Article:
The real story behind VMworld 2010

A ton of product announcements -- plus a big marketing push around the private cloud -- added up to a major undercurrent of change in the virtualization industry

Last week, I had the opportunity to camp out at VMware's VMworld 2010 conference in San Francisco. The odd amalgamation of 17,000-plus geeks and suits from around the globe -- fleetingly united by the same free conference backpack -- was a sight to see.

Both VMware and its unusually wide community of partners (and some competitors) made good use of the face time with potential and continuing customers. Through all of the marketing din and underneath the press releases, a few trends stood out, along with a strong sense that virtualization was reaching a new level of maturity.

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The cloud is where it's at

Nearly every vendor present made a tremendous effort to show exactly how "ready for the cloud" it was. That ran the gamut from VMware's unveiling of its vCloud Director -- which supports the construction of private clouds -- to an assortment of cloud-related announcements from partners. No matter which booth you visited, "cloud" was the first word off the marketing droid's tongue.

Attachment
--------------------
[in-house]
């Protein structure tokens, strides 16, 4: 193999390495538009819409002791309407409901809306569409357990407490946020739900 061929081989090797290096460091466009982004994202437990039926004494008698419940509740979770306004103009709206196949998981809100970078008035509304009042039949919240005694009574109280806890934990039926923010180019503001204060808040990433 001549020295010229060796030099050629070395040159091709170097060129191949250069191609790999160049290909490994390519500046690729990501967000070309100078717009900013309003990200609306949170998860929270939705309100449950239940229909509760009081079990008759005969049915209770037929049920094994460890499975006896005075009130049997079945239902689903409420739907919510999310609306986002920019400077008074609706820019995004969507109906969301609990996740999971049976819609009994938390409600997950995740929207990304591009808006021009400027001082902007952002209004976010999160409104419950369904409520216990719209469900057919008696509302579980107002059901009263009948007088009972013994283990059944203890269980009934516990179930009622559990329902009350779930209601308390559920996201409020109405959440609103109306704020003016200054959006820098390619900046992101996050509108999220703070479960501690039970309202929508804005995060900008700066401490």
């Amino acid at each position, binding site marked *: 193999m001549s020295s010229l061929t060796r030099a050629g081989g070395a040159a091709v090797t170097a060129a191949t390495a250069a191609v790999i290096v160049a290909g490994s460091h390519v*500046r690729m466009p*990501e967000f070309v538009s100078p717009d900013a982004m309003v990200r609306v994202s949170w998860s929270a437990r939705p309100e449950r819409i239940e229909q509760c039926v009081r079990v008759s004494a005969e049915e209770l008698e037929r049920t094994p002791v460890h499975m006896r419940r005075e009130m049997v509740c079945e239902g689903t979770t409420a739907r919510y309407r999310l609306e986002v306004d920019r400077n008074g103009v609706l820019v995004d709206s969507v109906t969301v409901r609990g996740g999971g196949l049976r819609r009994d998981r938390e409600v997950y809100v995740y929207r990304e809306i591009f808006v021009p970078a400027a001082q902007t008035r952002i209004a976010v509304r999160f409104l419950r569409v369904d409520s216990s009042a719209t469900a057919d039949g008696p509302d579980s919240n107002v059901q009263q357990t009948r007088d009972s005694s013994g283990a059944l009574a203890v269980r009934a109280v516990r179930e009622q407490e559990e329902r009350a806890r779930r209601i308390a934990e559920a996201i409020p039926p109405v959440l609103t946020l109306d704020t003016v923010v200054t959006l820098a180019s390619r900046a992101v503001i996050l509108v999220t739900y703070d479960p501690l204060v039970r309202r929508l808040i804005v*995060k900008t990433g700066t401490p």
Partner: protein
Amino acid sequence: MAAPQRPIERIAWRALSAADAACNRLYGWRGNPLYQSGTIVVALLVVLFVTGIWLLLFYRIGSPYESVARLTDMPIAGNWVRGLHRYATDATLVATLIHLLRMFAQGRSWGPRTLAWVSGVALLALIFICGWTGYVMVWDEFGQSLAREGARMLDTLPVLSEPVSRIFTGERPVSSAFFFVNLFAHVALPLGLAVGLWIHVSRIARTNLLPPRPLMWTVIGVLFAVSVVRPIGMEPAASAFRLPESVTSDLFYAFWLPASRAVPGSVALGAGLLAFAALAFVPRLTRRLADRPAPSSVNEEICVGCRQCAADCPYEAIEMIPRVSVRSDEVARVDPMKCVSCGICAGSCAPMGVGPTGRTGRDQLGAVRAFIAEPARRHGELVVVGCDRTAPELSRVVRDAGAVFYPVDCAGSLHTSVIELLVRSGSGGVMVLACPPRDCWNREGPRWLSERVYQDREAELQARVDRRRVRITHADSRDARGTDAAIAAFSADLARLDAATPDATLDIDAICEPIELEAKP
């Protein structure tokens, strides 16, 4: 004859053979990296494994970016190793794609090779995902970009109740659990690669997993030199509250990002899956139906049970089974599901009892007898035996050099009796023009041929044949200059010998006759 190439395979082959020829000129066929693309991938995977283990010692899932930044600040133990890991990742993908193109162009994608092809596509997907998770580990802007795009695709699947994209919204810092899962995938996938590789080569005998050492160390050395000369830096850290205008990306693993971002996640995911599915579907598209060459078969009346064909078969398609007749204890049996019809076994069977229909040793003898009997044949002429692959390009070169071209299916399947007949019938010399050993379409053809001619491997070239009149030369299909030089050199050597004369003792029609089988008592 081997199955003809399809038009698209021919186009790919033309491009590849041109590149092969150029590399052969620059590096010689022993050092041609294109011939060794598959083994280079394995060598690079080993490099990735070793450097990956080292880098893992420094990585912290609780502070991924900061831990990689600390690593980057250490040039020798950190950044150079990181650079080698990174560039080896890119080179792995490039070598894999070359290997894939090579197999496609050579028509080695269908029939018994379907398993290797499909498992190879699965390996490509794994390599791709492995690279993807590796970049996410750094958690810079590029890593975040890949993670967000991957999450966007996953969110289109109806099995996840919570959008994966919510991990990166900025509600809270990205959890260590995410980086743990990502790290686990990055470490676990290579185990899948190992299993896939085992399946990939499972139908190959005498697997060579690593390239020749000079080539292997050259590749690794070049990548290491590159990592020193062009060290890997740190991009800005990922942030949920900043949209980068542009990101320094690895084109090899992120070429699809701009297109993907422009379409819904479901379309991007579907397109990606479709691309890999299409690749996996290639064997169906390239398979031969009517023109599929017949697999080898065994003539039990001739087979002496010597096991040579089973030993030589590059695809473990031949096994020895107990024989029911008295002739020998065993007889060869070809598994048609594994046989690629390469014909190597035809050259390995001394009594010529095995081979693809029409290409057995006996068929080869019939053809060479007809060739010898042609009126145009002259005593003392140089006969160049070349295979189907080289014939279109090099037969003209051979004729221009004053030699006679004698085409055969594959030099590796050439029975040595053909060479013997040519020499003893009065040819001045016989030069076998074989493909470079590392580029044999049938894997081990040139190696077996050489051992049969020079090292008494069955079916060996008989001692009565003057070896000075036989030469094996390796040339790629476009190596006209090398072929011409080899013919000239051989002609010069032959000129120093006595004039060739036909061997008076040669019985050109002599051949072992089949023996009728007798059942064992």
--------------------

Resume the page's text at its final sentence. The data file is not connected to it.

I don't mean to sound dismissive. This is actually a really, really big deal. I've been critical of the hype surrounding the cloud, but what I saw at VMworld was a sea change from what I've seen previously. Some very large companies (VMware, but many others as well) are pinning massive amounts of capital -- and indeed, their futures -- on both the concepts of public and private clouds becoming not just an option, but the de facto way of conducting IT operations.

Interestingly, some less cloud-focused companies are making defensive moves to prepare for VMware's and others' success. A good example is HP's announcement of its HP CloudStart, which can be described as a "private cloud in a box." This offering is built on a combination of HP's BladeSystem Matrix, StorageWorks, and Cloud Service Automation products (essentially: c-Class blade chassis, EVA SAN, and a mountain of automation, provisioning, and monitoring software). CloudStart allows a customer to build a fully functional private cloud within 30 days of signing on the dotted line. It's a very cool product, but take a step back and imagine why HP might be offering CloudStart at this particular time.

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